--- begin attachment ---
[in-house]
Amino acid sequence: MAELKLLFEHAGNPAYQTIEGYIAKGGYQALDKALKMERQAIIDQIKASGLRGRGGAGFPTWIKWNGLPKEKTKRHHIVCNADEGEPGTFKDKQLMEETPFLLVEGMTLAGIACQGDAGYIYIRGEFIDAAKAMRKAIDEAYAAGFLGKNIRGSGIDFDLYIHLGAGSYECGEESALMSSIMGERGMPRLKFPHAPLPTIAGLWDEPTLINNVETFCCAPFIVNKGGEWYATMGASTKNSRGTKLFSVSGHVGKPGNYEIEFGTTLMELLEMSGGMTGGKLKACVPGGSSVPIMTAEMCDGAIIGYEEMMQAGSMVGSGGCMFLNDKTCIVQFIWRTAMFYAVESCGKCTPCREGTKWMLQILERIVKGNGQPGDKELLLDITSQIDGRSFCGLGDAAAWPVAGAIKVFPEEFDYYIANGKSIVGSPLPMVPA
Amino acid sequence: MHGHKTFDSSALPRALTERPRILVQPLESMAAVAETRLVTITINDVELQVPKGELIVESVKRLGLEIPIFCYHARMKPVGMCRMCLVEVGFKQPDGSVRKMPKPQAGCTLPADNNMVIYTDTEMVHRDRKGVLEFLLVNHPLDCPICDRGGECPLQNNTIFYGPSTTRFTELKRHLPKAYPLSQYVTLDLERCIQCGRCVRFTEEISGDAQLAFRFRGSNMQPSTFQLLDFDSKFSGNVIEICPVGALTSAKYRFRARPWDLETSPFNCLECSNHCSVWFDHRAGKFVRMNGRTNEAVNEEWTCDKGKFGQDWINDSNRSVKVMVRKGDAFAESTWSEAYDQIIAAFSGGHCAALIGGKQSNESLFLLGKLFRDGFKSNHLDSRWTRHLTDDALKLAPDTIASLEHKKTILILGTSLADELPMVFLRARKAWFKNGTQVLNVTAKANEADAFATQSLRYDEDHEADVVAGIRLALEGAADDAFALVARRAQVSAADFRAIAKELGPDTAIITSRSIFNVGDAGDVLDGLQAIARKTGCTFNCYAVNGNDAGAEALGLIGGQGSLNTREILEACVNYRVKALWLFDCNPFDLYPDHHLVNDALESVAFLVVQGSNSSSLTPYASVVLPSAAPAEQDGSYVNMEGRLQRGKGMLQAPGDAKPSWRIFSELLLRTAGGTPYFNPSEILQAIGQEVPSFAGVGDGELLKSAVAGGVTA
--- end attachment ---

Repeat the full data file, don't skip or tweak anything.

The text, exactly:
[in-house]
Amino acid sequence: MAELKLLFEHAGNPAYQTIEGYIAKGGYQALDKALKMERQAIIDQIKASGLRGRGGAGFPTWIKWNGLPKEKTKRHHIVCNADEGEPGTFKDKQLMEETPFLLVEGMTLAGIACQGDAGYIYIRGEFIDAAKAMRKAIDEAYAAGFLGKNIRGSGIDFDLYIHLGAGSYECGEESALMSSIMGERGMPRLKFPHAPLPTIAGLWDEPTLINNVETFCCAPFIVNKGGEWYATMGASTKNSRGTKLFSVSGHVGKPGNYEIEFGTTLMELLEMSGGMTGGKLKACVPGGSSVPIMTAEMCDGAIIGYEEMMQAGSMVGSGGCMFLNDKTCIVQFIWRTAMFYAVESCGKCTPCREGTKWMLQILERIVKGNGQPGDKELLLDITSQIDGRSFCGLGDAAAWPVAGAIKVFPEEFDYYIANGKSIVGSPLPMVPA
Amino acid sequence: MHGHKTFDSSALPRALTERPRILVQPLESMAAVAETRLVTITINDVELQVPKGELIVESVKRLGLEIPIFCYHARMKPVGMCRMCLVEVGFKQPDGSVRKMPKPQAGCTLPADNNMVIYTDTEMVHRDRKGVLEFLLVNHPLDCPICDRGGECPLQNNTIFYGPSTTRFTELKRHLPKAYPLSQYVTLDLERCIQCGRCVRFTEEISGDAQLAFRFRGSNMQPSTFQLLDFDSKFSGNVIEICPVGALTSAKYRFRARPWDLETSPFNCLECSNHCSVWFDHRAGKFVRMNGRTNEAVNEEWTCDKGKFGQDWINDSNRSVKVMVRKGDAFAESTWSEAYDQIIAAFSGGHCAALIGGKQSNESLFLLGKLFRDGFKSNHLDSRWTRHLTDDALKLAPDTIASLEHKKTILILGTSLADELPMVFLRARKAWFKNGTQVLNVTAKANEADAFATQSLRYDEDHEADVVAGIRLALEGAADDAFALVARRAQVSAADFRAIAKELGPDTAIITSRSIFNVGDAGDVLDGLQAIARKTGCTFNCYAVNGNDAGAEALGLIGGQGSLNTREILEACVNYRVKALWLFDCNPFDLYPDHHLVNDALESVAFLVVQGSNSSSLTPYASVVLPSAAPAEQDGSYVNMEGRLQRGKGMLQAPGDAKPSWRIFSELLLRTAGGTPYFNPSEILQAIGQEVPSFAGVGDGELLKSAVAGGVTA